I got in a couple of hours of rest. Not sleep, for I now had pipes and tubes in me and, foolishly, I was worried to do anything but lie still. I also had a bracelet with my name, date of birth, and NHS number and a bar code, as seen on products in shops. This was duly zapped whenever I had blood pressure or anything else checked which must save the nursing staff a bit of time.

I thought of friends and relatives who went into nursing – and came out with lifelong back problems. These beds go up and down with the bed head doing likewise, separately, at the touch of a button.

There were six beds and large windows that were open. This was a day or so after Chertsey had recorded a temperature of 30C – the highest in the country. We were on first name terms at once – as soon as my own name was put over my bed – with E D below. Not denoting promotion to editor but publicising that I was permitted to Eat and Drink.

There were frequent visits to various clinics for various tests. This meant a porter wheeling me along those measureless corridors. This always meant going along the long link corridor. Featureless, but some imaginative person has placed tree pictures on the skylights to give the impression of passing through woodland.  Nice idea.

I don’t know when this passage was built but it is not on the straight and level. At one point, there is a considerable slope up – and down. Extra work for the porters who also have to do the run with a bed containing a patient.

That seems to me to be the sort of architecture used when joining two  buildings. The joints in the flooring  are very poor, leading to severe jolting for wheelchair  passengers. From  recent experiences I know how  excruciatingly painful such jarring can be.

I know St Peter’s is built on a hill but with all the additions and rebuilds it has undergone I would have thought this was a problem which might have been, literally, smoothed out.

Chatting to another patient while waiting for our porters we recalled the old Nissen Hut days when, we agreed, you could find your own way around without a porter, map, or GPS.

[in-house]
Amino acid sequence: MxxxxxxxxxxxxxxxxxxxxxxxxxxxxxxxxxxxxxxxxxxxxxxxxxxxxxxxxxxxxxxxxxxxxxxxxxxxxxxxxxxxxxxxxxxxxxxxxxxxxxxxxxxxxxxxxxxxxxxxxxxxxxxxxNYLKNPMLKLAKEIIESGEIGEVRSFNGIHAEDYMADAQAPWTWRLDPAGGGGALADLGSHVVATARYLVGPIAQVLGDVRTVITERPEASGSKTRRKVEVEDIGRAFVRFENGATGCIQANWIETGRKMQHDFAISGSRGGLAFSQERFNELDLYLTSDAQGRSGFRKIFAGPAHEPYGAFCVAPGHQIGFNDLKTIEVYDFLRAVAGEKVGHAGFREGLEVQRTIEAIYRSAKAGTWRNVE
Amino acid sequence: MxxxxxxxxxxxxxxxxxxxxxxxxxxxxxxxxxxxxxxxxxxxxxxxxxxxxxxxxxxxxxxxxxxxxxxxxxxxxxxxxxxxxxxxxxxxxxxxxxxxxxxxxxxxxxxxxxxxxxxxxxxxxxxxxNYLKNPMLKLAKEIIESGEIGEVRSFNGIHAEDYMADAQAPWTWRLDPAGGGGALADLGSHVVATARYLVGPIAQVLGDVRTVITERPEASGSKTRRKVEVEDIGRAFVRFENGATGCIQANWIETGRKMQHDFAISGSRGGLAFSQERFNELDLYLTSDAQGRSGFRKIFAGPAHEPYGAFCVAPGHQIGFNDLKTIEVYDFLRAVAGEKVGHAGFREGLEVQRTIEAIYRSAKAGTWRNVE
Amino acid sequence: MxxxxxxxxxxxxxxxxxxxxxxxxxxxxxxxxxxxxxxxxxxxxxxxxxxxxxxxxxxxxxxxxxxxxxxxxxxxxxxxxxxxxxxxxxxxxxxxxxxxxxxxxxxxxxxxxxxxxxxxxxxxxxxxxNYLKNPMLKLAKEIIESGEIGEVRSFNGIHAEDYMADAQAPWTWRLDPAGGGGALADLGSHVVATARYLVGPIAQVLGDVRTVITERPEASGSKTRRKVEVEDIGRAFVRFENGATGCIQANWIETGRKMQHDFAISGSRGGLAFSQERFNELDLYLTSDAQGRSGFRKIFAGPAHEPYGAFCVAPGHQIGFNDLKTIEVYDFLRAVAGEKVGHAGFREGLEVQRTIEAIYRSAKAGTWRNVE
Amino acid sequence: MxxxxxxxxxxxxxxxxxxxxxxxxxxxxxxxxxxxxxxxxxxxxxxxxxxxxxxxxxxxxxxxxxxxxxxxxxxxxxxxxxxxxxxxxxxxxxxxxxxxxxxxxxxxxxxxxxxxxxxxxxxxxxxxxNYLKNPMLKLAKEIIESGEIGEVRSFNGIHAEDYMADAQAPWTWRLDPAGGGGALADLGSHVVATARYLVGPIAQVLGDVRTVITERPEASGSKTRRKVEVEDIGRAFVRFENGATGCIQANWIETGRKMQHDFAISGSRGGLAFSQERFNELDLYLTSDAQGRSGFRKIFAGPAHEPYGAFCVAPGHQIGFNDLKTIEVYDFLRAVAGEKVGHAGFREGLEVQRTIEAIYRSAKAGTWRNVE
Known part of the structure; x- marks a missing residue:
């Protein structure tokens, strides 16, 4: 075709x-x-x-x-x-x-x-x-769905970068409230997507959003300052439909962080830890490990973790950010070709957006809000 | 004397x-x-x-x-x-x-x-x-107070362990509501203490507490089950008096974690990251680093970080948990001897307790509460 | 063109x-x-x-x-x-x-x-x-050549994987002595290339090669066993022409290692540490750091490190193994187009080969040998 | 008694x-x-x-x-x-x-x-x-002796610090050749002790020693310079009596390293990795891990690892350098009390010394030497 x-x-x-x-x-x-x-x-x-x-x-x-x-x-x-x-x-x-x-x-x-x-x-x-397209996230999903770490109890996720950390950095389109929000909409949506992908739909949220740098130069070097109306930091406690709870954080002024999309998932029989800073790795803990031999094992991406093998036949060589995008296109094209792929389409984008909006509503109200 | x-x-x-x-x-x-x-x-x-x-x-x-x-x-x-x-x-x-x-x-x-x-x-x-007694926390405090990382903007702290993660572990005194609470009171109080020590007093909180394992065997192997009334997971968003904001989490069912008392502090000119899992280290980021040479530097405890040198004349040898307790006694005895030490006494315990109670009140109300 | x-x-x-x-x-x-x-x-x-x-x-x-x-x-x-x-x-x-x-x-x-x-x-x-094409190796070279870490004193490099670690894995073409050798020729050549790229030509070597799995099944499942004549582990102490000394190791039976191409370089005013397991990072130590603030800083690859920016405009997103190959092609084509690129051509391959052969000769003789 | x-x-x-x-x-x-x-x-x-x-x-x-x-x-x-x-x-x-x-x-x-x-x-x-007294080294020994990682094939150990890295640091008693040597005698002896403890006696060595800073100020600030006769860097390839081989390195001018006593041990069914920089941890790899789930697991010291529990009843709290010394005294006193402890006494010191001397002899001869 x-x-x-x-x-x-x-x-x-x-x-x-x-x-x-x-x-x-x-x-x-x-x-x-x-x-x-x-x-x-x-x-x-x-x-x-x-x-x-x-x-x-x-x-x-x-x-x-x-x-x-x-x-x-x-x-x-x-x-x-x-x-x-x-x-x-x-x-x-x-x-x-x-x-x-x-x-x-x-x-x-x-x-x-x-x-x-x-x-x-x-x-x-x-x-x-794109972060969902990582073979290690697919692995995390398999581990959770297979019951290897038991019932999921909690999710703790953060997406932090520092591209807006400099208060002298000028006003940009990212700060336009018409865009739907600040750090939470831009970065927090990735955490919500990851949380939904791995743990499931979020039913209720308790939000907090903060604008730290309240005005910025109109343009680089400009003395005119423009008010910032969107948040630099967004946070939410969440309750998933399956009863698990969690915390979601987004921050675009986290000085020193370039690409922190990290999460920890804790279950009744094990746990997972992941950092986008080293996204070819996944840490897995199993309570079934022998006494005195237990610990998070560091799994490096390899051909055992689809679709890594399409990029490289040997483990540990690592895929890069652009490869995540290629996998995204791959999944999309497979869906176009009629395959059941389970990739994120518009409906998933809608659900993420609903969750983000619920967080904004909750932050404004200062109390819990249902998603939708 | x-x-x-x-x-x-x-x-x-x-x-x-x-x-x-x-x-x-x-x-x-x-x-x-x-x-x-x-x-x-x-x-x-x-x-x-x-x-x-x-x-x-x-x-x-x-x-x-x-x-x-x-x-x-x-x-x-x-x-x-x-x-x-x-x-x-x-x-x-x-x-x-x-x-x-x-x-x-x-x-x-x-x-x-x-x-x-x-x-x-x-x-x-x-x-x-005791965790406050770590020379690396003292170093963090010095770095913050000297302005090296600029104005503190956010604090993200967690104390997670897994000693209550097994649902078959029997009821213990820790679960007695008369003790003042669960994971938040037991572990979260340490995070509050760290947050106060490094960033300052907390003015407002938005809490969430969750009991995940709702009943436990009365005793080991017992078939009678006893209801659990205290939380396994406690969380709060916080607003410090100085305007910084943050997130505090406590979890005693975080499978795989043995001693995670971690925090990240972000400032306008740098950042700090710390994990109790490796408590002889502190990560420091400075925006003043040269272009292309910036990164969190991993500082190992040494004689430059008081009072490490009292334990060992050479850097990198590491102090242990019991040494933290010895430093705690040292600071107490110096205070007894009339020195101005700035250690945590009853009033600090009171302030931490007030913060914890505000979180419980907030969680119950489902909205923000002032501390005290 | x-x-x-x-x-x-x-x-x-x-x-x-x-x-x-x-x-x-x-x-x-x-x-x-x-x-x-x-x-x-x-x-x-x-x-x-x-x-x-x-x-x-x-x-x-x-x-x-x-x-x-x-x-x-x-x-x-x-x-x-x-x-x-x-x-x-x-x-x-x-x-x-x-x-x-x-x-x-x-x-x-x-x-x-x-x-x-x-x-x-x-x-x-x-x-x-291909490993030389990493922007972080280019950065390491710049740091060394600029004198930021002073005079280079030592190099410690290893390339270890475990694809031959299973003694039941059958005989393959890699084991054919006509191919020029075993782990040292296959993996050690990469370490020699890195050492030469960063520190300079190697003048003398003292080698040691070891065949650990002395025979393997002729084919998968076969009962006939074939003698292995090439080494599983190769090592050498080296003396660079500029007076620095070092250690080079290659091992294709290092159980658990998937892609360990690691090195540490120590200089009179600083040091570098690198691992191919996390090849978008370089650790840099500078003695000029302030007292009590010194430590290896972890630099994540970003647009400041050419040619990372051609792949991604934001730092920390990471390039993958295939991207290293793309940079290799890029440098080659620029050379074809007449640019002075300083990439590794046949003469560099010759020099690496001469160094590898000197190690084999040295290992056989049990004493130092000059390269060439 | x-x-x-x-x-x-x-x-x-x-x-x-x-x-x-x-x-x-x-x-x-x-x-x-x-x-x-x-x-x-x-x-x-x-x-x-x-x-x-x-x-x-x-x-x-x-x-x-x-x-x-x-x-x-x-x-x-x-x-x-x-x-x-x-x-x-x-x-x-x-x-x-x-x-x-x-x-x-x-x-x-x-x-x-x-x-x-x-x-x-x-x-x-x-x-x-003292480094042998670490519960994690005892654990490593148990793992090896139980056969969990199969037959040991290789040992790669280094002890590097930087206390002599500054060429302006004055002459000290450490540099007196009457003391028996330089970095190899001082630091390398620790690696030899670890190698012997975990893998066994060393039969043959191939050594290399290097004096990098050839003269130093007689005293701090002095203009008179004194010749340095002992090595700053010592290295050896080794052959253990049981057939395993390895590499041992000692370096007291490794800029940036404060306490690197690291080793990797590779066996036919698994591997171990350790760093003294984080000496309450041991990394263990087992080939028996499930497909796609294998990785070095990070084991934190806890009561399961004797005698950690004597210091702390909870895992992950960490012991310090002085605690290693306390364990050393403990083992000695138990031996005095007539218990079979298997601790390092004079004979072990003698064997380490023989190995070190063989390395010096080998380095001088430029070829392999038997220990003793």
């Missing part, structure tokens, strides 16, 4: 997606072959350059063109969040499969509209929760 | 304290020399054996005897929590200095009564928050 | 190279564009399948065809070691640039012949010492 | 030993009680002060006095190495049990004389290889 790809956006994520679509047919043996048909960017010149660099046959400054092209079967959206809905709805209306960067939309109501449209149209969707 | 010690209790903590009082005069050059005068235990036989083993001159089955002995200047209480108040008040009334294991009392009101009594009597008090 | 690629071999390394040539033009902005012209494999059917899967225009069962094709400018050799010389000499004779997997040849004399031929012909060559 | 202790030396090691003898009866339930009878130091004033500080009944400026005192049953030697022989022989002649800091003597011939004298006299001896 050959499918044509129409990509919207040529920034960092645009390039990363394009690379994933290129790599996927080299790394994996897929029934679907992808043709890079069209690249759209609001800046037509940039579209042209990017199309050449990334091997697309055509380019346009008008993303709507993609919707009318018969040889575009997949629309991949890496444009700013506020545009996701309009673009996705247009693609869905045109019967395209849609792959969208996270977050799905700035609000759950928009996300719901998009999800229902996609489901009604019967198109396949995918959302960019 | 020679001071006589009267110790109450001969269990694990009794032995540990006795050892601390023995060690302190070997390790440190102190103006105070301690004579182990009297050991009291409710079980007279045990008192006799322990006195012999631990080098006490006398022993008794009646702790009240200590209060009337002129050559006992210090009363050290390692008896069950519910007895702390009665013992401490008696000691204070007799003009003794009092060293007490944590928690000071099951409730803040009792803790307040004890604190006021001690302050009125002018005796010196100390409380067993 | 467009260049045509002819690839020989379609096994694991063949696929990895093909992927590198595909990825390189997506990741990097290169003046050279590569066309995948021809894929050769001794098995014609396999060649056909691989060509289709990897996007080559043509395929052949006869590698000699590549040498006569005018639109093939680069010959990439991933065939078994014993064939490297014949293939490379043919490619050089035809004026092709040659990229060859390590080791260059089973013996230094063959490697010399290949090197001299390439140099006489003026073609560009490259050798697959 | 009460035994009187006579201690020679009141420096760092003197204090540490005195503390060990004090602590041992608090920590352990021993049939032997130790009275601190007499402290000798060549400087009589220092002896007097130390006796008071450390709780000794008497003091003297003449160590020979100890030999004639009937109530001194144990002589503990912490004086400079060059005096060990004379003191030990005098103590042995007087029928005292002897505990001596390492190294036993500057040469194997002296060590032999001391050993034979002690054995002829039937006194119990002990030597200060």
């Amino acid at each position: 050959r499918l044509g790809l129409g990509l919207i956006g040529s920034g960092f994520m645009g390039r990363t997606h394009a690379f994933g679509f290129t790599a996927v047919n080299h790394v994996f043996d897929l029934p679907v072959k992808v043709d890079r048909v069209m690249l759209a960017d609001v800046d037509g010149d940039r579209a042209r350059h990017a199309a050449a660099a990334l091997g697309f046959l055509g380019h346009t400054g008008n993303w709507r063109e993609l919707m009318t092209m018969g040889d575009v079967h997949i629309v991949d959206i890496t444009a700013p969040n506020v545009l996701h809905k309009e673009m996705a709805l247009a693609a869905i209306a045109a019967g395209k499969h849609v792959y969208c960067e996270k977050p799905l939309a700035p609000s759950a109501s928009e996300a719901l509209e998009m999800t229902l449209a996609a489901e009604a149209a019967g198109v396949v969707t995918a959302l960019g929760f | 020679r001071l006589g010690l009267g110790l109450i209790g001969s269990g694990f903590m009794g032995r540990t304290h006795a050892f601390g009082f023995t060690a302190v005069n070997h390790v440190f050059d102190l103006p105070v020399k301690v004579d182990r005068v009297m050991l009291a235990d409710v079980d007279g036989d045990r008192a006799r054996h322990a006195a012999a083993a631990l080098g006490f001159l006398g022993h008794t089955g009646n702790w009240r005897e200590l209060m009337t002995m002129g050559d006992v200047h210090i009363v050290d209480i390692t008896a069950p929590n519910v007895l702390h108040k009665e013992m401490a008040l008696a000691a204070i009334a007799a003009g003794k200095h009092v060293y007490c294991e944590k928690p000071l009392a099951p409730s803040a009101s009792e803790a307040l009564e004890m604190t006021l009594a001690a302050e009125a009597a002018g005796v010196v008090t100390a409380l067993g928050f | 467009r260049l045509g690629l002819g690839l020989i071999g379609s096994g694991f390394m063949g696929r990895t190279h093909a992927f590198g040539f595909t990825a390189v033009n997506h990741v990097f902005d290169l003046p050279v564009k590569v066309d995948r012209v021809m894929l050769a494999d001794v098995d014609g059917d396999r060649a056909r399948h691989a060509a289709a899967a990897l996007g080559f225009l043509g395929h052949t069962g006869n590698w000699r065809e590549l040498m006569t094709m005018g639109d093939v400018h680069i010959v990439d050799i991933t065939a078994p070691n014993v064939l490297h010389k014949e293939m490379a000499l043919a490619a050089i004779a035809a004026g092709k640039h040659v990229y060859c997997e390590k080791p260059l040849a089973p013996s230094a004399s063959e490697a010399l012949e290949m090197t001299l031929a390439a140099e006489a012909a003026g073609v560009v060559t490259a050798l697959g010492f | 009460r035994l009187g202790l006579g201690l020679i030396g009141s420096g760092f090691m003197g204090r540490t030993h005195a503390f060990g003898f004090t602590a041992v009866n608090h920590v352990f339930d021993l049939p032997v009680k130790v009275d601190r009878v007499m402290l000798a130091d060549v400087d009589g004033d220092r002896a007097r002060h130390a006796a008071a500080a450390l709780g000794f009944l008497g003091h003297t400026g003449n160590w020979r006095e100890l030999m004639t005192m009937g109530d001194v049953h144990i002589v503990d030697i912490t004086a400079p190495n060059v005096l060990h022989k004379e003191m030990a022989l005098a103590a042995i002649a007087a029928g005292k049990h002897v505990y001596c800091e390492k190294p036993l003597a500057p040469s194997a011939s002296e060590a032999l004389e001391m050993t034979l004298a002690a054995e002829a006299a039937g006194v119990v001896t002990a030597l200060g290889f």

The food is OK and the service splendid. A glass of cold milk? It is with me in moments. Bed curtains open? Done. And little things among the patients: there always seems to be someone who has mislaid or can’t reach their call button in which case someone else will ring for assistance and then redirect it.

As for general advice on all things –it is here from recommendations on foodstuffs to hairdressing and the re-wilding of beavers, and grey squirrels – good and sweet or bad killers of small birds and death to red squirrels.

Oh, and toast racks and why are they out of favour? Our breakfast toast would do better in a rack than piled up and thus losing their crispness. As granny would say, “may you never have bigger worries!”

My stay in hospital came at a convenient time, as I was no longer fretting about my garden as, post garden safari, it is just about as good as it gets. My N&M page had been filed. My houseguests had temporarily left so beds and house were in a state of OK. So, a period of enforced rest would not be a bad thing.

And in spite of all of these tests I have rested a lot. I am currently enjoying my elevenses: hot chocolate with a chocolate biscuit from Eileen Beech in the next bed conveyed to me by a passing nurse.

Which started a discussion on Aldi biscuits versus those from Mr Sainsbury. We wondered about talk on the men’s wards – but not for long. My family have been wonderful with visits and phone calls, including face-to-face via WhatsApp with the Dutch contingent, which includes a wander around their garden with the grandchildren and inspection of the ongoing work on the house itself.

There is a family WhatsApp group so my chat with Caroline over today’s breakfast was with the rest of the group almost at once. All the patients seem to have phones and the staff are very good.

I thought they might just report that so-and-so had called but no, they brought me the phone saying so-and-so is calling. Katherine brought me her laptop so I could keep up my unbroken record of filing this page weekly. Son-in-law Ben took a photo to illustrate this page. It was taken just as I emerged from surgery.

The family said I seemed more concerned at getting this page out on time than the surgery. Well, both are now done.